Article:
Two U.S. senators from opposing parties praised their former colleague, Republican Thad Cochran of Mississippi, as one of their closest friends and as a gentleman who cared about the people of his state and worked across party lines.
Speaker of the House State Rep. Philip Gunn speaks at the state funeral of U.S. Sen. Thad Cochran at the Mississippi Capitol Building in downtown Jackson on Monday.
A second funeral for former U.S. Sen. Thad Cochran reflects the Mississippi Republican’s reputation for working across party lines.
Flags in Mississippi are flying at half-staff to honor a Republican former U.S. senator who brought billions of dollars to the state.
Leaders of the U.S. Senate Appropriations Committee, one a Republican and the other a Democrat, will speak at the funeral of former Sen. Thad Cochran of Mississippi, a Republican who led the committee for several years and was known for working across party lines.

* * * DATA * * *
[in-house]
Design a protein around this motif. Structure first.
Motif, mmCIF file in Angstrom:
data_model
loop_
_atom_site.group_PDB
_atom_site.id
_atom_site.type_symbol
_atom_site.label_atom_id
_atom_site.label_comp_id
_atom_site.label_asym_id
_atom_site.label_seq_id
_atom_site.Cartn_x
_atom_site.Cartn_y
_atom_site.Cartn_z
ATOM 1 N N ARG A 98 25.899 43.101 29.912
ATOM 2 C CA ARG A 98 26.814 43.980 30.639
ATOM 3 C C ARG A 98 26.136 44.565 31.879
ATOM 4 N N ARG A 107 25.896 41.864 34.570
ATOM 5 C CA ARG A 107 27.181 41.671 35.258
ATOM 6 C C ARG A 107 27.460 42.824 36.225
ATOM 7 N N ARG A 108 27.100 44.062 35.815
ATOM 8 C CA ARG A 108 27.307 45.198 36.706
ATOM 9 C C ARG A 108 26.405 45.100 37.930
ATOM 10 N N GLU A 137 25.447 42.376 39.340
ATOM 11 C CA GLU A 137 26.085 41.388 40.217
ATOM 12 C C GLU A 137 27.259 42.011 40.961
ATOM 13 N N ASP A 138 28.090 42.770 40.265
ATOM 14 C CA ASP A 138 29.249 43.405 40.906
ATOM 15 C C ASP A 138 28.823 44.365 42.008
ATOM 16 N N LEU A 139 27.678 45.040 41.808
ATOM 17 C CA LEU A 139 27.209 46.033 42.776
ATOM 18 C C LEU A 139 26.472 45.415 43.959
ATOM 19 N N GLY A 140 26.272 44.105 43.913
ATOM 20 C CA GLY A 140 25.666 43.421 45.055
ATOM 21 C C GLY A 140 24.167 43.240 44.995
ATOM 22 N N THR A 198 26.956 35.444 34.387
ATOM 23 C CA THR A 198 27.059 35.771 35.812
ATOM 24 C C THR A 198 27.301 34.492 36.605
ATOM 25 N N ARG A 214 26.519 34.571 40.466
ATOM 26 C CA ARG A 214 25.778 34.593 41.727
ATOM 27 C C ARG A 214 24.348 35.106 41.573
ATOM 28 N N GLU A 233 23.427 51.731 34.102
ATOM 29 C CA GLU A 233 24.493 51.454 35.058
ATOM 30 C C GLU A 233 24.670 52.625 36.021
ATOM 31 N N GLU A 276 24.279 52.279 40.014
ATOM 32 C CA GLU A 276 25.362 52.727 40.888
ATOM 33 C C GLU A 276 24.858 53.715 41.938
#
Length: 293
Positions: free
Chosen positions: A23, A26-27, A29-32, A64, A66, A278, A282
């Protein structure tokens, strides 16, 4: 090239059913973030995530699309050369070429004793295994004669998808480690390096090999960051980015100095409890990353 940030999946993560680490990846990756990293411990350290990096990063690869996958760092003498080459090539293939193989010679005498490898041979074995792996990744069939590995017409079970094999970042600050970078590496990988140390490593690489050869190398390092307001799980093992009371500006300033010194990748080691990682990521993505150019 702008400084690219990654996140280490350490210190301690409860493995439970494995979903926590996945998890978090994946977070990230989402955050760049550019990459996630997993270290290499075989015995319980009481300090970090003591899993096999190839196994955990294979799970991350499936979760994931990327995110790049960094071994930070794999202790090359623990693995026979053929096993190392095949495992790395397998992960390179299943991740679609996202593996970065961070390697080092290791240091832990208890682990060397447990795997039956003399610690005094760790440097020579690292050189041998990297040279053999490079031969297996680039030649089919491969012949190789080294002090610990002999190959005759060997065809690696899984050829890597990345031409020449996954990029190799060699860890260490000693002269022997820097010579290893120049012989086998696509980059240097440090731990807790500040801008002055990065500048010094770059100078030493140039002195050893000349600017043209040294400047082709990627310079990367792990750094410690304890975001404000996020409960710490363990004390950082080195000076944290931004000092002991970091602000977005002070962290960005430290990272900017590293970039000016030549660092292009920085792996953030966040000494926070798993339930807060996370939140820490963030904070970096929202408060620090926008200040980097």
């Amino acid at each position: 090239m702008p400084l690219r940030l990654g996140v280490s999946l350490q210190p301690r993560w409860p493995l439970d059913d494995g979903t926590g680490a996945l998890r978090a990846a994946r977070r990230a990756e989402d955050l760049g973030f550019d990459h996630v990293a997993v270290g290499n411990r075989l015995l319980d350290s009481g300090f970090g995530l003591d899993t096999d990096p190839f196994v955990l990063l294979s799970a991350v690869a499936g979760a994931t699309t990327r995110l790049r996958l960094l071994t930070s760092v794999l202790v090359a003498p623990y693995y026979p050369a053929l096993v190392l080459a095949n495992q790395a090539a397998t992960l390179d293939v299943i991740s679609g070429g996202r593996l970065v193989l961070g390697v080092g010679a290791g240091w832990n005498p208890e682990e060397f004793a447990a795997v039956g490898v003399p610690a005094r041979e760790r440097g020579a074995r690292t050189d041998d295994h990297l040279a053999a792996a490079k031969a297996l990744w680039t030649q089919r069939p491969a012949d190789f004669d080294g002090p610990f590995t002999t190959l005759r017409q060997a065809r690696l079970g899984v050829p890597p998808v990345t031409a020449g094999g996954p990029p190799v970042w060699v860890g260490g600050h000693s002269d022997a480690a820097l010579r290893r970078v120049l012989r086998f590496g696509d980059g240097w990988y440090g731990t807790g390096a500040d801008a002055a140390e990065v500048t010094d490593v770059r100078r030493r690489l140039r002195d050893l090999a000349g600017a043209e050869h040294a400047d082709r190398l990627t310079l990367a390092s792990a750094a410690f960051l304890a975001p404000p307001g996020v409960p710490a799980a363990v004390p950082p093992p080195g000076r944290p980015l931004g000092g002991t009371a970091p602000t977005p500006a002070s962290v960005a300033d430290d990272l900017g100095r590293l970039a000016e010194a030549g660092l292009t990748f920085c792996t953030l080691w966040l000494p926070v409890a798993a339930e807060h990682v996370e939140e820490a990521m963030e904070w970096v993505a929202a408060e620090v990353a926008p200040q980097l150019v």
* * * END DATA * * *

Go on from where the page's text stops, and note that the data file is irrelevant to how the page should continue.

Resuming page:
Former U.S. Sen. Thad Cochran was a master of the federal budget process, quietly shrugging off criticism about pork-barrel spending while directing billions of dollars back to his home state of Mississippi.
The news of Thad Cochran’s death Thursday morning was not entirely unexpected — poor health had forced him to resign on April 1, 2018, four years into his last six-year term in the U.S. Senate.
When Lowndes County Board of Supervisors President Harry Sanders thinks of Republican U.S. Sen. Thad Cochran, who died Thursday at age 81, he remembers the senator’s sense of humor.
Former U.S. Sen. Thad Cochran, who served seven terms and used seniority to steer billions of dollars to his home state of Mississippi, has died. He was 81.
Cochran’s final chief of staff, Brad White, said Cochran died Thursday at a veterans’ nursing home in Oxford.
Republican Sen. Thad Cochran of Mississippi on Thursday gave a farewell speech in the U.S. Senate, where he’s the longest-serving current member of Congress.